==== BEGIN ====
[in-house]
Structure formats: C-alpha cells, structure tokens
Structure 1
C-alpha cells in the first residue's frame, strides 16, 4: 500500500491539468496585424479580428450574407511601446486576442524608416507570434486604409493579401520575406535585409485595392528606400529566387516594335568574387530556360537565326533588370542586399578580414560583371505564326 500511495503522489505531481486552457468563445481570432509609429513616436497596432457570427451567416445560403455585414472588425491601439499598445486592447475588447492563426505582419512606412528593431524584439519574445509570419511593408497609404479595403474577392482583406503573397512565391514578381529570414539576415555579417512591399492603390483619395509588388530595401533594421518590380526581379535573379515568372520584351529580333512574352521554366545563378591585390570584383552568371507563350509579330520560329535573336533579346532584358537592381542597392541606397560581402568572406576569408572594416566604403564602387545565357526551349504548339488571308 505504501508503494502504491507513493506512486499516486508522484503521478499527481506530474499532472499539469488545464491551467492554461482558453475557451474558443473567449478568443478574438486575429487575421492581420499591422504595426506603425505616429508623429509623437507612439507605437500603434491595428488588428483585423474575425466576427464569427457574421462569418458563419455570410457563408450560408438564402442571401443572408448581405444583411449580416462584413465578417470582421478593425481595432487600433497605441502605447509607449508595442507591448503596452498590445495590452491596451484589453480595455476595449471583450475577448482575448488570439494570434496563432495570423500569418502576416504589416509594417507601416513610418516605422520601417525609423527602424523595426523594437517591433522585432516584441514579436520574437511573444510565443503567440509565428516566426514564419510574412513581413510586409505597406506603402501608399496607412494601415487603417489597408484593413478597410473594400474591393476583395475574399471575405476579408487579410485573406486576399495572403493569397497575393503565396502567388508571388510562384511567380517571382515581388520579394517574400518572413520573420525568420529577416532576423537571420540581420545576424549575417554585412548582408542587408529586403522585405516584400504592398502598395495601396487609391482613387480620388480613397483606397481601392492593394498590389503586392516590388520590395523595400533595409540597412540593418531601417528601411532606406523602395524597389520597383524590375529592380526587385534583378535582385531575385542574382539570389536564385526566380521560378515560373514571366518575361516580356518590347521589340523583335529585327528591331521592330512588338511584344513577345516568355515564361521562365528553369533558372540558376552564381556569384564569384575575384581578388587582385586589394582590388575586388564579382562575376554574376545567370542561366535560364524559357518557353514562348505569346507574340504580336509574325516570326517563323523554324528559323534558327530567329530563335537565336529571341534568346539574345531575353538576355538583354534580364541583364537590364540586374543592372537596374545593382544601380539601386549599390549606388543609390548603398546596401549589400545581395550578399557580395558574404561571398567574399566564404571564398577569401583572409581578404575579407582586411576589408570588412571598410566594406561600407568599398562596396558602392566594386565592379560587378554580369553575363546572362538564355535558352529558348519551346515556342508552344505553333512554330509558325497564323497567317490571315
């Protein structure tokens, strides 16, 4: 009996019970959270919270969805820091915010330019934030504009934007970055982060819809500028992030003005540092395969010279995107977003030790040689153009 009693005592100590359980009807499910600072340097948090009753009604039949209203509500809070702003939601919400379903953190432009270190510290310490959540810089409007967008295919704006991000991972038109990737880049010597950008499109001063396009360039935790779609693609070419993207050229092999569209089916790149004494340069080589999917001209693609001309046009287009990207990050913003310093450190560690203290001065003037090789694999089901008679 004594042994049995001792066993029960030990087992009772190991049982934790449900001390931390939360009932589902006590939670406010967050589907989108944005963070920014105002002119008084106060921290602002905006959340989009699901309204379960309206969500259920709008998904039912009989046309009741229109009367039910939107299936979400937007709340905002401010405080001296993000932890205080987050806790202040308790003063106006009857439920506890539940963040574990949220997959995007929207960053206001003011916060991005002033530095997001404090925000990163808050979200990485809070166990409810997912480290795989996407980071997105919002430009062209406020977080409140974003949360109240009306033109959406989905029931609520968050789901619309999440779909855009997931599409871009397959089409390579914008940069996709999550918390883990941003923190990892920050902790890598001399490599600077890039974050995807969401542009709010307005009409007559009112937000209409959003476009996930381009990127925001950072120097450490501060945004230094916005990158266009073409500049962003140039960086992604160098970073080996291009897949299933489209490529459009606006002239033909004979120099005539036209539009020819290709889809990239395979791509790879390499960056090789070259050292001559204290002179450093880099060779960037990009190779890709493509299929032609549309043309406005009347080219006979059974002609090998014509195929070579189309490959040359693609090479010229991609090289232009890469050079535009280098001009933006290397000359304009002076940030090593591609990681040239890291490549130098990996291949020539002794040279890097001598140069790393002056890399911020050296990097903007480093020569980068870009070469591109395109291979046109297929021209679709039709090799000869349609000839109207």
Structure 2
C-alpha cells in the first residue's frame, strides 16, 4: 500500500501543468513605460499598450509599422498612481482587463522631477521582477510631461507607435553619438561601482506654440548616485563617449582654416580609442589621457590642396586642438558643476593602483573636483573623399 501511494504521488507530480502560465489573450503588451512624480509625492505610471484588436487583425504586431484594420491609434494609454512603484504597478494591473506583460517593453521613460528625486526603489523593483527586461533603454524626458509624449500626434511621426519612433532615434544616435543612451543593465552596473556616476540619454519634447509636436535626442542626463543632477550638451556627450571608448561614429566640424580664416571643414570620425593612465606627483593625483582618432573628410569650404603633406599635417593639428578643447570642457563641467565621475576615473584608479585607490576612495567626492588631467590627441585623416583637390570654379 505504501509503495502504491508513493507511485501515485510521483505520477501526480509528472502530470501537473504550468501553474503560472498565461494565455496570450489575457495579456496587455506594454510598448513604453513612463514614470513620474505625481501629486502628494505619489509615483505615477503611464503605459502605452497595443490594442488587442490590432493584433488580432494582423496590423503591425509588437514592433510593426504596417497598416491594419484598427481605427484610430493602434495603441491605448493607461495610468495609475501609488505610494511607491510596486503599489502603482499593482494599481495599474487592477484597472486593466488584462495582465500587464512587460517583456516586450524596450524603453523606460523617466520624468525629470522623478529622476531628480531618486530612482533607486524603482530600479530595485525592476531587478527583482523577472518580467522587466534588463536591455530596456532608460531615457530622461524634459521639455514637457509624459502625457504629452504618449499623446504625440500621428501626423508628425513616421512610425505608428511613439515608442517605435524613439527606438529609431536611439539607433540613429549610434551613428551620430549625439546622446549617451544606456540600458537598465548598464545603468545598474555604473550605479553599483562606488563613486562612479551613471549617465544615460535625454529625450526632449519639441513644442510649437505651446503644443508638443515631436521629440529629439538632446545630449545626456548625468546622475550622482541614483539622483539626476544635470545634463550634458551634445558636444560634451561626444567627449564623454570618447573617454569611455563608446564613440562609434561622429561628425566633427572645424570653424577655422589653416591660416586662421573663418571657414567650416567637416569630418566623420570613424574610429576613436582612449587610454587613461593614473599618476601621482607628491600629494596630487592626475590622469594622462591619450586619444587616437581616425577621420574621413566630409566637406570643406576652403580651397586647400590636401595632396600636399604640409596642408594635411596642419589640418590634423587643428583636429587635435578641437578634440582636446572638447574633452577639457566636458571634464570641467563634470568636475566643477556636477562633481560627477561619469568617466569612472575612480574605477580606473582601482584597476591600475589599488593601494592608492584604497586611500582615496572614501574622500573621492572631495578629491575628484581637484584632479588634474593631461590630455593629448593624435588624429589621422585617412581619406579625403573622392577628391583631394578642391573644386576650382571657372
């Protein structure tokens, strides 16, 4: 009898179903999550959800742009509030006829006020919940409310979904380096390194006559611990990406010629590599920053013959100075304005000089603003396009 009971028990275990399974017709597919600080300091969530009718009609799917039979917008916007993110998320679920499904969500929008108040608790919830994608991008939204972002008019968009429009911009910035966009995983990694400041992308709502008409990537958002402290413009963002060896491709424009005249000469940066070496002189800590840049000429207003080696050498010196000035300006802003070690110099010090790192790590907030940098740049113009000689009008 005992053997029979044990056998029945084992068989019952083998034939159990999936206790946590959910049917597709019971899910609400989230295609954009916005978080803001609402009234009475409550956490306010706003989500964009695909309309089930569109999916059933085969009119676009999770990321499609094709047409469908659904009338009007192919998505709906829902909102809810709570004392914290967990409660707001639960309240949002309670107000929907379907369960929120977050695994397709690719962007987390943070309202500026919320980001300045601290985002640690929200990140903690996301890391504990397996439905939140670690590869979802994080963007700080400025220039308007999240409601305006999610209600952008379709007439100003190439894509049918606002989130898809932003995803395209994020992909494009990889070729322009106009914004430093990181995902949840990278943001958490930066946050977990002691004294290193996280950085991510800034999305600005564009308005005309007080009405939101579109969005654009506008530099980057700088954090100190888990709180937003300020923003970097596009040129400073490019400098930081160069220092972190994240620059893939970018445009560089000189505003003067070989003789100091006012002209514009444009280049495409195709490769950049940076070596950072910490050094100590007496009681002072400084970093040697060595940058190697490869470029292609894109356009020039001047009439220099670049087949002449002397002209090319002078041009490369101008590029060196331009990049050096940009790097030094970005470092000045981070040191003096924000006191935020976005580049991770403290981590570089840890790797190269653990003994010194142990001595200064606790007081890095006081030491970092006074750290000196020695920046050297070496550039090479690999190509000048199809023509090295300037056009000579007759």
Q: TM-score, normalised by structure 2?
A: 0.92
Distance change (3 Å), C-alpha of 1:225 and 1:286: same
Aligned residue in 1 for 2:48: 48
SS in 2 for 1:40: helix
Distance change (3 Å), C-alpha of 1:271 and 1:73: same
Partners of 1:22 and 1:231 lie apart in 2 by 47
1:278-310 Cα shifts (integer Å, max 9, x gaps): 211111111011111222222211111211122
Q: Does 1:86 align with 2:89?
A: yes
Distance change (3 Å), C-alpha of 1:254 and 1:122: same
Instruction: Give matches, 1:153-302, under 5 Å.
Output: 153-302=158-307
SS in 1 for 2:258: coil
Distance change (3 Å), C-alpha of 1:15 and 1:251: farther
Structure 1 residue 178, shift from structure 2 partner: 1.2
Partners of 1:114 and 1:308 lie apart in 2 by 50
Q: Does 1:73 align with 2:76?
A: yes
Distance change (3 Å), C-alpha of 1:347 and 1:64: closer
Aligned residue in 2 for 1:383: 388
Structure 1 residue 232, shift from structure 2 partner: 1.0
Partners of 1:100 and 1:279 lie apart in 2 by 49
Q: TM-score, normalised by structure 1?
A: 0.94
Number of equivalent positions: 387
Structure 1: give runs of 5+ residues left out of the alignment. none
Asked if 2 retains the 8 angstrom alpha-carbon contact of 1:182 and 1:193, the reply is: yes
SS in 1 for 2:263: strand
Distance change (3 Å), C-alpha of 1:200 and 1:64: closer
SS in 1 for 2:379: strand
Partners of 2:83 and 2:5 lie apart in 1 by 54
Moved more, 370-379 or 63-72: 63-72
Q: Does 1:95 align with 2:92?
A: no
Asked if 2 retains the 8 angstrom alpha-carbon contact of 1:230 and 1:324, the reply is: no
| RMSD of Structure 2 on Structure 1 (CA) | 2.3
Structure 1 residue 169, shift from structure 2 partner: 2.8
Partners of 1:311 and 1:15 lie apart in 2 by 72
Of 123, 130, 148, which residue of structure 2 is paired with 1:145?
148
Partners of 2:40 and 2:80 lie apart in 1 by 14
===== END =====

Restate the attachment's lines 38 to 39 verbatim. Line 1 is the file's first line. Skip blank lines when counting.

Distance change (3 Å), C-alpha of 1:200 and 1:64: closer
SS in 1 for 2:379: strand